HRL’S proposed Morwell dual gas-fired power station looks likely to be shelved following a Federal Government announcement late Friday it had terminated a $100 million funding agreement with the company.
Though the news was hailed as a victory for “people power” by environmentalists, Federal Resources and Energy Minister Martin Ferguson told The Express the decision was made “irrespective of any political ramifications” and followed HRL’s failure to meet “funding deed” conditions.
The company’s bid to build a 600 megawatt generation capacity plant in the Latrobe Valley has encountered ongoing challenges, including stringent conditions enforced by the Victorian Civil Administrative Tribunal, intense green opposition and difficulty securing private investment.
Environment Victoria safe climate campaigner Victoria McKenzie-McHarg claimed HRL had failed to meet the conditions of its grant agreement six times “yet continued to be given extensions (by the Federal Government),” and “it was only when our supporters got serious and started campaigning for the money to be withdrawn” the government “took the problem seriously”.
Mr Ferguson rejected any suggestion the government had been swayed by pressure from green lobbyists.
“The record will show this program (the Low Emissions Technology Demonstration Fund) has always been met in a professional way,” Mr Ferguson said.
“(Green groups) can run all the petitions and demonstrations in the world and I will not give into political pressure.”
The proposed plant projected an operational workforce of about 30 people as well significant jobs in the construction phase.
It proposed a low-emissions peaking capacity power station and, in addition to federal money, secured a $50 million commitment from the State Government.
It is unknown whether the latter commitment will also be withdrawn.
Mr Ferguson would not reveal which conditions HRL had failed to meet, citing confidentiality arrangements, but Ms McKenzie-McHarg said she believed “not having equity in place was the biggest hitch”.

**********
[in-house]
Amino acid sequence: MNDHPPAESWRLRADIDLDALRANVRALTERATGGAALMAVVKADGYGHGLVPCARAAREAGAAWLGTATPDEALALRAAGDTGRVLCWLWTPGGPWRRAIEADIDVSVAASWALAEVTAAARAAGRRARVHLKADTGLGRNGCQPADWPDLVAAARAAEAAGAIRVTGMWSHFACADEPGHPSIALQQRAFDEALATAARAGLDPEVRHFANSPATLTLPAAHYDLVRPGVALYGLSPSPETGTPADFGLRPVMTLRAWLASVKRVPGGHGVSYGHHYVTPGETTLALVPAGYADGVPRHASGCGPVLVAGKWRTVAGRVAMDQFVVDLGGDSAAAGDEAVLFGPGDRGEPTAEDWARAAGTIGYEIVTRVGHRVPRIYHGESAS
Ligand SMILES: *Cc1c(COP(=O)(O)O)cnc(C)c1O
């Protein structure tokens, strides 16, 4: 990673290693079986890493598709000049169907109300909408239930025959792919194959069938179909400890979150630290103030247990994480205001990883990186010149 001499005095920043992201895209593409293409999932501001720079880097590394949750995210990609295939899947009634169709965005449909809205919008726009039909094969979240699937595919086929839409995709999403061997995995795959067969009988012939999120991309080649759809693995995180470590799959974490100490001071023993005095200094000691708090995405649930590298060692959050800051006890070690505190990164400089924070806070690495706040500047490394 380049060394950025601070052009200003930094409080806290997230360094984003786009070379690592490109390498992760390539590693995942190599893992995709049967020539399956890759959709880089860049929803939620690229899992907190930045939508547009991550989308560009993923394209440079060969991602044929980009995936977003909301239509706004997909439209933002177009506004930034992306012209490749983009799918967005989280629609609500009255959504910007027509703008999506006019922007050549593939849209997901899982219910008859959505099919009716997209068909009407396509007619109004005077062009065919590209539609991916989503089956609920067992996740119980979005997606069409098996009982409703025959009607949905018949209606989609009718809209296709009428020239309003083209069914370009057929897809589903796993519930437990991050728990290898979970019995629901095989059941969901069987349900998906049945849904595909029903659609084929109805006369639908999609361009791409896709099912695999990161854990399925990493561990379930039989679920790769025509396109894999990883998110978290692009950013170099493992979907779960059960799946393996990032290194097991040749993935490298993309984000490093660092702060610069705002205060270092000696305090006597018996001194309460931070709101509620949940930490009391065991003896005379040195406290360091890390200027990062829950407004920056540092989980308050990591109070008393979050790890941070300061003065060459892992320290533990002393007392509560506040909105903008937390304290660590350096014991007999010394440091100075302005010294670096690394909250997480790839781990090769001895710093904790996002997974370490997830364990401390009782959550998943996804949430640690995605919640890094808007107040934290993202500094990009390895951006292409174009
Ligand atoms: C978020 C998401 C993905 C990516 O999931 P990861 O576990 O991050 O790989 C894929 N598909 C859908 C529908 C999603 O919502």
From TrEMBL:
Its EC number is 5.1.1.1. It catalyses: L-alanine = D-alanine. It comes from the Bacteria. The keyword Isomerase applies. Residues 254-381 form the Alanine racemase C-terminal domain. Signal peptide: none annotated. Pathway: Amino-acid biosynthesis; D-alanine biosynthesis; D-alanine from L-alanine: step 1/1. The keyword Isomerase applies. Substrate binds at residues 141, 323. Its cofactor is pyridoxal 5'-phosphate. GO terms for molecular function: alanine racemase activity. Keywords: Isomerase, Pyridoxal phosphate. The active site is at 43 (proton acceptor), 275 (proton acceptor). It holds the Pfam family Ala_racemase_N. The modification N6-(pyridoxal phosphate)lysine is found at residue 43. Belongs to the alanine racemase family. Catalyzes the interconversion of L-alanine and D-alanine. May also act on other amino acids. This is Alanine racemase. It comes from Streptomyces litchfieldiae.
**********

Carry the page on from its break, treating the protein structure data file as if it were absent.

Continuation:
Mr Ferguson said the government had “made it clear in February this year that it would grant one final extension until 30 June 2012 for HRL to meet the conditions”.
“It has not done so and, accordingly, the funding agreement between HRL and the Australian Government will be terminated,” he said.
While Environment Victoria celebrated the news, saying it was “testament to the tens of thousands of Australians who have been part of the campaign to stop HRL,” Latrobe City Mayor Ed Vermeulen expressed disappointment.
“I see it as a great pity that this has happened but it is understandable if they haven’t met their deadline.
“But I would hope if another proposal was put up by them or one of the other generators it would be looked at in the light that we need a major project off the ground here and we need government support,” he said.
Cr Vermeulen said political opposition from environmentalists to the HRL project, on the grounds it was would still emit about 0.8 tonnes of carbon per Megawatt hour, were “not realistic”.
He added it would have been appropriate to meet an “intermediate need” and was less emissions-intensive than other brown coal power stations.
Environment Victoria said the decision was “likely to be the final nail in the coffin” for the project.
With key regional leaders calling for an urgent government announcement on the power industry’s future in the Valley, Mr Ferguson said he understood perceptions of uncertainty prevailed locally but insisted “we will not leave the Valley stranded”.
“All the power stations continue to operate, with the continued expectation of maintenance and normal work, and even if there is a successful ‘contracts for closure’, you are not looking at that happening before 2016,” he said.
He added that National Electricity Market reliability requirements (for electricity supply) would also need to be met as part of any future plans.
“We understand the fears…we are not just going to take the money and leave…I don’t think that’s the approach of any of us, the state or federal governments,” he added.
It is believed Mr Ferguson may visit the Valley again this week.
HRL could not be contacted for comment.